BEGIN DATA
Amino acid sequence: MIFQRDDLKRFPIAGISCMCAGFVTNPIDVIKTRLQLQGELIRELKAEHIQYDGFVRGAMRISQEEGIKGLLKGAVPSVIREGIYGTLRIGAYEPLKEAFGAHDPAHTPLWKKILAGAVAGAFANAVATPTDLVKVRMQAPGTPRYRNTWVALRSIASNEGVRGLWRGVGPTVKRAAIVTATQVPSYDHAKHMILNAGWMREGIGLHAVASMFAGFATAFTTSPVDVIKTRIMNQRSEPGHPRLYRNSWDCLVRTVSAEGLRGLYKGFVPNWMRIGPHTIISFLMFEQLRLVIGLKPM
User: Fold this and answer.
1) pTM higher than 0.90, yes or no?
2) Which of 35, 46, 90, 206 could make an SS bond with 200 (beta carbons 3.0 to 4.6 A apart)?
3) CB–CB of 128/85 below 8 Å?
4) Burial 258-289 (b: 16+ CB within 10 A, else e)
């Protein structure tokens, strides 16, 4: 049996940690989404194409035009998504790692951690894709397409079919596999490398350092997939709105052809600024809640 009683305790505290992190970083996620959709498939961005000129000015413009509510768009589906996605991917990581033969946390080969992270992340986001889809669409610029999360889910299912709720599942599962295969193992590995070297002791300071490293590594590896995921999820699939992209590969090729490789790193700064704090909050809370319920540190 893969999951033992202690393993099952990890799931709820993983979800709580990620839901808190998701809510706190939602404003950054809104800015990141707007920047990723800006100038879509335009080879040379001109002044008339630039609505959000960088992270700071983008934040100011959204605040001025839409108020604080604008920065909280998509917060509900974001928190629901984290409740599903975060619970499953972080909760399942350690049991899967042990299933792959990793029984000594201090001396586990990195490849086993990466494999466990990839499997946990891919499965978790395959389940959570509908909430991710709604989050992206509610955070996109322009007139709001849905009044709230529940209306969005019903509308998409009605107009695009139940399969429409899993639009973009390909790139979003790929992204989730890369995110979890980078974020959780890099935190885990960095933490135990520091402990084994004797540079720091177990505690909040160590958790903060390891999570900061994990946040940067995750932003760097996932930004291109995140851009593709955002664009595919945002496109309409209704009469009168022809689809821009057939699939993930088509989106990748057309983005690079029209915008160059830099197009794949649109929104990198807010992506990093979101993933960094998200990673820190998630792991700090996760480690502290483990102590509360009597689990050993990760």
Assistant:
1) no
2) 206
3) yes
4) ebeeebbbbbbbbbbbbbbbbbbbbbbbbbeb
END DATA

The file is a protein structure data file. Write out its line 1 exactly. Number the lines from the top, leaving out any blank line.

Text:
Amino acid sequence: MIFQRDDLKRFPIAGISCMCAGFVTNPIDVIKTRLQLQGELIRELKAEHIQYDGFVRGAMRISQEEGIKGLLKGAVPSVIREGIYGTLRIGAYEPLKEAFGAHDPAHTPLWKKILAGAVAGAFANAVATPTDLVKVRMQAPGTPRYRNTWVALRSIASNEGVRGLWRGVGPTVKRAAIVTATQVPSYDHAKHMILNAGWMREGIGLHAVASMFAGFATAFTTSPVDVIKTRIMNQRSEPGHPRLYRNSWDCLVRTVSAEGLRGLYKGFVPNWMRIGPHTIISFLMFEQLRLVIGLKPM